27 signature Electronic signature: is it reliable ? Is it legal ?
28 signature Difficult to say because definition is not so clear because contract decline every liability 2 1
31 signature 1) Identity of signatory 2) Intention to sign
32 signature United Nations Convention on the Use of Electronic Communications in International Contracts (2005) 9. 3. Where the law requires that a communication or a contract should be signed by a party, or provides consequences for the absence of a signature, that requirement is met in relation to an electronic communication if: (a) A method is used to identify the party and to indicate that partys intention in respect of the information contained in the electronic communication;
33 signature Same in Quebec and Civil Code of Quebec (1994) (2827 CCQ) Ontario et Electronic Commerce Act (2000) British Columbia et Electronic Transaction Act (2001) China –Article 2 All references to an "electronic signature" in this law are to electronic data that are contained in or attached to a data message and are used to identify the signatory and indicate its endorsement of the contents of such data message. But theres an other criteria
34 signature United Nations Convention on the Use of Electronic Communications in International Contracts (2005) 9. 3. and (…) (b) The method used is (…) : (i) As reliable as appropriate for the purpose for which the electronic communication was generated or communicated, in the light of all the circumstances, including any relevant agreement;
35 signature Ontario and Electronic Commerce Act (…) (a) the electronic signature is reliable for the purpose of identifying the person; and (b) the association of the electronic signature with the relevant electronic document is reliable.
36 signature British Columbia and Electronic Transaction Act (…) 21 (d) prescribing records or classes of records for which a requirement under law for the signature of a person must be satisfied by an electronic signature and proof that, in view of all the circumstances including any relevant agreement and the time the electronic signature was made, (i) the electronic signature is reliable for the purpose of identifying the person, and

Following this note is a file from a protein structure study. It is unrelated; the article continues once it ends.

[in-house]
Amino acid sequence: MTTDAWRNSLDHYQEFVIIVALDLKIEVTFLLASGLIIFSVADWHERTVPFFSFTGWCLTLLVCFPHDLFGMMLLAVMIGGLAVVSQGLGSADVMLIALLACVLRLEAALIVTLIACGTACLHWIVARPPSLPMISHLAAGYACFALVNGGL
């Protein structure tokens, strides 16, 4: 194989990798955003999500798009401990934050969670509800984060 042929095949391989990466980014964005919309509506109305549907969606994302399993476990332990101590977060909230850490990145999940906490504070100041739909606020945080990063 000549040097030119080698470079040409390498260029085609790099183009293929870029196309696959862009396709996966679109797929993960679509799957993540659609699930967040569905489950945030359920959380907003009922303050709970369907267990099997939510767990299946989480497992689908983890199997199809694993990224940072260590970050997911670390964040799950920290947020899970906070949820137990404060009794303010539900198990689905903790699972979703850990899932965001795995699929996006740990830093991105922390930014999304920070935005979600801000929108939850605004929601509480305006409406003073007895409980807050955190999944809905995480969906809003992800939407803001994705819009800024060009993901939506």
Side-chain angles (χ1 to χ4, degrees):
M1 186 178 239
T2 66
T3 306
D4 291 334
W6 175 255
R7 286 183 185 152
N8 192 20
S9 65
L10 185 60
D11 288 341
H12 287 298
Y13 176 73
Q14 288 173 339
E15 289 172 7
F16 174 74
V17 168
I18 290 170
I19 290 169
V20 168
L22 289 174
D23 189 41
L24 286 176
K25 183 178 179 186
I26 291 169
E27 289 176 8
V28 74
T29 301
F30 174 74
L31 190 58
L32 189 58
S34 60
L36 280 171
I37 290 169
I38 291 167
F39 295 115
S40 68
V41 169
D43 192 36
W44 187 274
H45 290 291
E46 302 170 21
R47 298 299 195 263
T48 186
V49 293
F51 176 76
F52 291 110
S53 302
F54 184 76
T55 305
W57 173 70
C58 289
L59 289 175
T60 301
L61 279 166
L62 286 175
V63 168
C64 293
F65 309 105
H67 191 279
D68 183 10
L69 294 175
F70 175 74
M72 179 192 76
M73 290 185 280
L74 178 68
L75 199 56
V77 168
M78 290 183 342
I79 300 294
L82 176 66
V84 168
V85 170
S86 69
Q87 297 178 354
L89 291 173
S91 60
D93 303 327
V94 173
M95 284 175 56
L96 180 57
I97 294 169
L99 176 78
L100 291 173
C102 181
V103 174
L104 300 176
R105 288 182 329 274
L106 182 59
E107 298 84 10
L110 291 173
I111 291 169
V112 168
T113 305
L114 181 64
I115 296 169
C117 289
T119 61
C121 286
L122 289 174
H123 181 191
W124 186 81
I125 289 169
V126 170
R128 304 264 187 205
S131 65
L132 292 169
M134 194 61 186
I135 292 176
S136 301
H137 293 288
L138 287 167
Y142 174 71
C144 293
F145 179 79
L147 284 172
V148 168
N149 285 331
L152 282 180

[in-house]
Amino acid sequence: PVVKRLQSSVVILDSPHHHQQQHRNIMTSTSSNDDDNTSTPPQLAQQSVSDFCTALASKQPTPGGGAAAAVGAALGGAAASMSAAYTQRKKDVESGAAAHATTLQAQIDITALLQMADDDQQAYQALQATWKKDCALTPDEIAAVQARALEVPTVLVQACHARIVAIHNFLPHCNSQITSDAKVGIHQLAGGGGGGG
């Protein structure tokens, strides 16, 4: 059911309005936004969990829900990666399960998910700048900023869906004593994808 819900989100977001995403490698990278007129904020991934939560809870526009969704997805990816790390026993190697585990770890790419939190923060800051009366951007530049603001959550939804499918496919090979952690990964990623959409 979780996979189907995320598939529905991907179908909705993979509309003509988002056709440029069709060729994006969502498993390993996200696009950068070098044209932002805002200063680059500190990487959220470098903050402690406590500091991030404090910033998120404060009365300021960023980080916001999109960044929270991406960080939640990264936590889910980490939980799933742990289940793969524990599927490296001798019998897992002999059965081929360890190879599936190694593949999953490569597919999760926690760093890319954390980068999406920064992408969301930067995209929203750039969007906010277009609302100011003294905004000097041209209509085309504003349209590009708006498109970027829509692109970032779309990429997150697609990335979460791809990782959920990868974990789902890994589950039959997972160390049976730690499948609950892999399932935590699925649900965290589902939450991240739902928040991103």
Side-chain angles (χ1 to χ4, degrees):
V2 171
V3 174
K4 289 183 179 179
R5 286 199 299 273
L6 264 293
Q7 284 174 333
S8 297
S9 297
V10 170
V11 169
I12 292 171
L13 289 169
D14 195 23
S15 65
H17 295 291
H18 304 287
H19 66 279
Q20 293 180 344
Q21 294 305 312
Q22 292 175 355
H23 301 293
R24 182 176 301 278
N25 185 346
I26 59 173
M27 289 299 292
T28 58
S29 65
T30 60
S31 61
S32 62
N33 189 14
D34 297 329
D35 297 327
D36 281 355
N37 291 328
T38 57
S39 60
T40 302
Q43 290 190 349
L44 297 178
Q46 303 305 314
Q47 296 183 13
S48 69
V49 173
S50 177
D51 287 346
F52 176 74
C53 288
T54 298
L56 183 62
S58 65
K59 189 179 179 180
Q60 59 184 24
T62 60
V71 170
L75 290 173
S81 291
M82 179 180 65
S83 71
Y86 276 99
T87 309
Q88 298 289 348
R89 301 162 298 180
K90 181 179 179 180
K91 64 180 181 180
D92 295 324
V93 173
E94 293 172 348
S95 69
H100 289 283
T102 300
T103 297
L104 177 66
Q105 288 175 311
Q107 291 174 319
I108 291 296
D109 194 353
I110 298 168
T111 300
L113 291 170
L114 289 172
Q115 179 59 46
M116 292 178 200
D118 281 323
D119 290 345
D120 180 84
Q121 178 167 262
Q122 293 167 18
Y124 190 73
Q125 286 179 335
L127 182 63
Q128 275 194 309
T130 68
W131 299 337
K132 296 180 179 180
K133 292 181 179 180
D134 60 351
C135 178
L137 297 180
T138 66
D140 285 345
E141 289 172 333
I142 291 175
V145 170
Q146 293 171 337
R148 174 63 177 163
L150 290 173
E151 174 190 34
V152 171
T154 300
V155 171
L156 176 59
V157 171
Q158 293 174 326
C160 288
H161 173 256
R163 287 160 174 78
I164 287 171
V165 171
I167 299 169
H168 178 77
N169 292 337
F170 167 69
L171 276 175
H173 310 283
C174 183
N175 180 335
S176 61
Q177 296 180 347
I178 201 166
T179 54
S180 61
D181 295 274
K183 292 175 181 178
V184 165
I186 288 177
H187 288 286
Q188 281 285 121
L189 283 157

37 signature Uniform Electronic Transaction Act (USA) the use of security procedures is simply one method for proving the source or content of an electronic record or signature. A security procedure may be technologically very sophisticated, such as an asymetric cryptographic system. At the other extreme the security procedure may be as simple as a telephone call to confirm the identity of the sender through another channel of communication. It may include the use of a mother's maiden name or a personal identification number (PIN). Each of these examples is a method for confirming the identity of a person or accuracy of a message.
43 2-2-F original AELFIT (L.R.Q. c. C-1.1) ART. 12AELFIT 12. A technology-based document may fulfil the functions of an original. To that end, the integrity of the document must be ensured and, where the desired function is to establish 1) that the document is the source document from which copies are made, the components of the source document must be retained so that they may subsequently be used as a reference ; 2) that the document is unique, its components or its medium must be structured by a process that makes it possible to verify that the document is unique, in particular through the inclusion of an exclusive or distinctive component or the exclusion of any form of reproduction ; 3) that the document is the first form of a document linked to a person, its components or its medium must be structured by a process that makes it possible to verify that the document is unique, to identify the person with whom the document is linked and to maintain the link throughout the life cycle of the document.
44 original a) source document = integrity Signed contract
45 original b) Single document = integrity + application Bill of lading